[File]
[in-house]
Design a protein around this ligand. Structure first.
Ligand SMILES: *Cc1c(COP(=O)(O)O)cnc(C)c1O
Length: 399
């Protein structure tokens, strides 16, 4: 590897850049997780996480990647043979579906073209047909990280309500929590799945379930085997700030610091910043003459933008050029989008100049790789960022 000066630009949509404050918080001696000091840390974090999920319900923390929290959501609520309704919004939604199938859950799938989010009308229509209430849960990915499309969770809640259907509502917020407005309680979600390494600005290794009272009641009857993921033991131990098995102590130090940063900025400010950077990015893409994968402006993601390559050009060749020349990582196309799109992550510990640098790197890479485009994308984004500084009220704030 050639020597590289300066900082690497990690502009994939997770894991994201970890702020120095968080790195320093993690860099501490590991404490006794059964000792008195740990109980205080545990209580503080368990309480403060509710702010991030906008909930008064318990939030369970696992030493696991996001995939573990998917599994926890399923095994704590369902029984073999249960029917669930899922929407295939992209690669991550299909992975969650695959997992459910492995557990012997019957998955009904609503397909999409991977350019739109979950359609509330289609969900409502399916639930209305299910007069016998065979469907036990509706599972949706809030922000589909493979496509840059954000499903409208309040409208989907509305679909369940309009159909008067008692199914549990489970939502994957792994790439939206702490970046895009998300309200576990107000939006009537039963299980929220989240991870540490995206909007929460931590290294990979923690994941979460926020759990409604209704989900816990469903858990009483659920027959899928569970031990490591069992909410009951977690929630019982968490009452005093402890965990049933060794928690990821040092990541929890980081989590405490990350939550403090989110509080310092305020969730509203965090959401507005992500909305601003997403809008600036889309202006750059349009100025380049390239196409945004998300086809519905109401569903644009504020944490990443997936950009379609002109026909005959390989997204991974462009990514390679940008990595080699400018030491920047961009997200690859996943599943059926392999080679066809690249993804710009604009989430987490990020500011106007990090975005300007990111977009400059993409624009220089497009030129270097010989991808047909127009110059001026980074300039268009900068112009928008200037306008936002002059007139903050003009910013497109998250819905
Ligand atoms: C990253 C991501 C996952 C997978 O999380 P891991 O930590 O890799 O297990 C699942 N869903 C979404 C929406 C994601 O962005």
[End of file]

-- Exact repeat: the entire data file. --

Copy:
[in-house]
Design a protein around this ligand. Structure first.
Ligand SMILES: *Cc1c(COP(=O)(O)O)cnc(C)c1O
Length: 399
């Protein structure tokens, strides 16, 4: 590897850049997780996480990647043979579906073209047909990280309500929590799945379930085997700030610091910043003459933008050029989008100049790789960022 000066630009949509404050918080001696000091840390974090999920319900923390929290959501609520309704919004939604199938859950799938989010009308229509209430849960990915499309969770809640259907509502917020407005309680979600390494600005290794009272009641009857993921033991131990098995102590130090940063900025400010950077990015893409994968402006993601390559050009060749020349990582196309799109992550510990640098790197890479485009994308984004500084009220704030 050639020597590289300066900082690497990690502009994939997770894991994201970890702020120095968080790195320093993690860099501490590991404490006794059964000792008195740990109980205080545990209580503080368990309480403060509710702010991030906008909930008064318990939030369970696992030493696991996001995939573990998917599994926890399923095994704590369902029984073999249960029917669930899922929407295939992209690669991550299909992975969650695959997992459910492995557990012997019957998955009904609503397909999409991977350019739109979950359609509330289609969900409502399916639930209305299910007069016998065979469907036990509706599972949706809030922000589909493979496509840059954000499903409208309040409208989907509305679909369940309009159909008067008692199914549990489970939502994957792994790439939206702490970046895009998300309200576990107000939006009537039963299980929220989240991870540490995206909007929460931590290294990979923690994941979460926020759990409604209704989900816990469903858990009483659920027959899928569970031990490591069992909410009951977690929630019982968490009452005093402890965990049933060794928690990821040092990541929890980081989590405490990350939550403090989110509080310092305020969730509203965090959401507005992500909305601003997403809008600036889309202006750059349009100025380049390239196409945004998300086809519905109401569903644009504020944490990443997936950009379609002109026909005959390989997204991974462009990514390679940008990595080699400018030491920047961009997200690859996943599943059926392999080679066809690249993804710009604009989430987490990020500011106007990090975005300007990111977009400059993409624009220089497009030129270097010989991808047909127009110059001026980074300039268009900068112009928008200037306008936002002059007139903050003009910013497109998250819905
Ligand atoms: C990253 C991501 C996952 C997978 O999380 P891991 O930590 O890799 O297990 C699942 N869903 C979404 C929406 C994601 O962005």